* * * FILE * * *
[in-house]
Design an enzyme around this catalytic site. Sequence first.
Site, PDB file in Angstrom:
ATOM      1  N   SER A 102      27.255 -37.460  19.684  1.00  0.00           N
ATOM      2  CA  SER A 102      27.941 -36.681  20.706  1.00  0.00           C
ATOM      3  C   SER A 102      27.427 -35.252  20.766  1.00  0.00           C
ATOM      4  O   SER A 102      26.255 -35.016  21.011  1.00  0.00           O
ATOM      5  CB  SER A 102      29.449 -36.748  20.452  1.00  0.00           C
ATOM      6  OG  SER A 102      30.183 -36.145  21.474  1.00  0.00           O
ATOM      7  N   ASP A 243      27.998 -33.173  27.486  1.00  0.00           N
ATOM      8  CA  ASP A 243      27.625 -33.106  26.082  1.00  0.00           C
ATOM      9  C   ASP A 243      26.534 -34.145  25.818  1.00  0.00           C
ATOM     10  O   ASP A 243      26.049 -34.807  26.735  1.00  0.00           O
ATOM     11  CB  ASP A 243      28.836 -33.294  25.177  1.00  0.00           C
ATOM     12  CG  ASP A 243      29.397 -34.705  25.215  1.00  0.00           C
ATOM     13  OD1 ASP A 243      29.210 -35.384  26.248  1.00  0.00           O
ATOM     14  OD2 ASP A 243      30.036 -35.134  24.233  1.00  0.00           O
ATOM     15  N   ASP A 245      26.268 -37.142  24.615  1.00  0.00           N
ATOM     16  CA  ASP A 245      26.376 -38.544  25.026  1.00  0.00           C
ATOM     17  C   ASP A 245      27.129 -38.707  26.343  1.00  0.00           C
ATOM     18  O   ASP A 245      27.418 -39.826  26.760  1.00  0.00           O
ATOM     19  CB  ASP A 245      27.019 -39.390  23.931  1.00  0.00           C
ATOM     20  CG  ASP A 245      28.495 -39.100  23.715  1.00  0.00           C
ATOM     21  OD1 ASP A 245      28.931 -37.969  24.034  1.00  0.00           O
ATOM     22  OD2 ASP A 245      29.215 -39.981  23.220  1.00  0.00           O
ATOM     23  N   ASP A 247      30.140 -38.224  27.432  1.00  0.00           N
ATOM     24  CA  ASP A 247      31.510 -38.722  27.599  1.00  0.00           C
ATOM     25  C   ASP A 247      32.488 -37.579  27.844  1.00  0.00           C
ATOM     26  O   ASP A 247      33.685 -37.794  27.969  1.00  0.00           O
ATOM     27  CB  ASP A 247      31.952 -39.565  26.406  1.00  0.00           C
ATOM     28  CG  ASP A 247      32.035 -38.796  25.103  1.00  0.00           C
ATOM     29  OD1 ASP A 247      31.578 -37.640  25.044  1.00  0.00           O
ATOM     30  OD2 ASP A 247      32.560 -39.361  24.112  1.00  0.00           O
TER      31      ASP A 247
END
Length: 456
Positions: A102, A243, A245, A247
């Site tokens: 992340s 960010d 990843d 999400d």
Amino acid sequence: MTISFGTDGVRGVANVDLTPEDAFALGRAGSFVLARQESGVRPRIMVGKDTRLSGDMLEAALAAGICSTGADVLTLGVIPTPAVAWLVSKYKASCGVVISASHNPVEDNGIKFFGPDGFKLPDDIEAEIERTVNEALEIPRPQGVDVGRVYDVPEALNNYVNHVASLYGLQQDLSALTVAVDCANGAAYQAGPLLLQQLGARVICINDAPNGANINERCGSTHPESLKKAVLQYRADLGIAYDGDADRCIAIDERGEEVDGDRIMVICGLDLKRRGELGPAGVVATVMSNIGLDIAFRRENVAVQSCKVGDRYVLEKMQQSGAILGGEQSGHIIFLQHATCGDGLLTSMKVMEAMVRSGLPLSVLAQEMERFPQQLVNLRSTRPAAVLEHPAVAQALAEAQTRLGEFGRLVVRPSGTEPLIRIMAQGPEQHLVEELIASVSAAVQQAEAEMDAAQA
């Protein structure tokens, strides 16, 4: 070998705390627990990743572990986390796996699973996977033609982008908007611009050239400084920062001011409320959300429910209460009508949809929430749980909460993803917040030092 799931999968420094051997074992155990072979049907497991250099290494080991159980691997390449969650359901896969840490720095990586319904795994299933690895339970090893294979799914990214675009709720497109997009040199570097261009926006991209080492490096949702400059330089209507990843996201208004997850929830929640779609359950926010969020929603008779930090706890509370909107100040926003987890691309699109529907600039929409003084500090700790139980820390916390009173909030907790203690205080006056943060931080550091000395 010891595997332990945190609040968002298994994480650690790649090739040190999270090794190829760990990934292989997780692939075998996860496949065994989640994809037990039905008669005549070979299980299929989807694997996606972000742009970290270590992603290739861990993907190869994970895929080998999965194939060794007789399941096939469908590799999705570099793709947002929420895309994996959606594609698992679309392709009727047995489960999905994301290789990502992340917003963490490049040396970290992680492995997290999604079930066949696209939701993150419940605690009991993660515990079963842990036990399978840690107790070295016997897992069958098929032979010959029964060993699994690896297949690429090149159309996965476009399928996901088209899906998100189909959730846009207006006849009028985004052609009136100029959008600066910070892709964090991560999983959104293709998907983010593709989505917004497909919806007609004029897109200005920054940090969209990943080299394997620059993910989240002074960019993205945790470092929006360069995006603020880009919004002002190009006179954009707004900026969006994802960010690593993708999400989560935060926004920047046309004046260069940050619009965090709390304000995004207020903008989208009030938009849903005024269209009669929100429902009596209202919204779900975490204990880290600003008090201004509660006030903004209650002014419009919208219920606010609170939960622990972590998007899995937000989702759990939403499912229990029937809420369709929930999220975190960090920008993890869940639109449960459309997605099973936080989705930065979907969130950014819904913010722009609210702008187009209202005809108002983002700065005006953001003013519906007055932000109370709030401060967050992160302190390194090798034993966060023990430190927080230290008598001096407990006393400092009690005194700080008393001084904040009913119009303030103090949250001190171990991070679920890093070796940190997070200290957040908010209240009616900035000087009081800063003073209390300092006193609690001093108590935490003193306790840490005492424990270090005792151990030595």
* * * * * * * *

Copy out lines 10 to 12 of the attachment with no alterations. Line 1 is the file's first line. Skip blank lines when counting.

ATOM      7  N   ASP A 243      27.998 -33.173  27.486  1.00  0.00           N
ATOM      8  CA  ASP A 243      27.625 -33.106  26.082  1.00  0.00           C
ATOM      9  C   ASP A 243      26.534 -34.145  25.818  1.00  0.00           C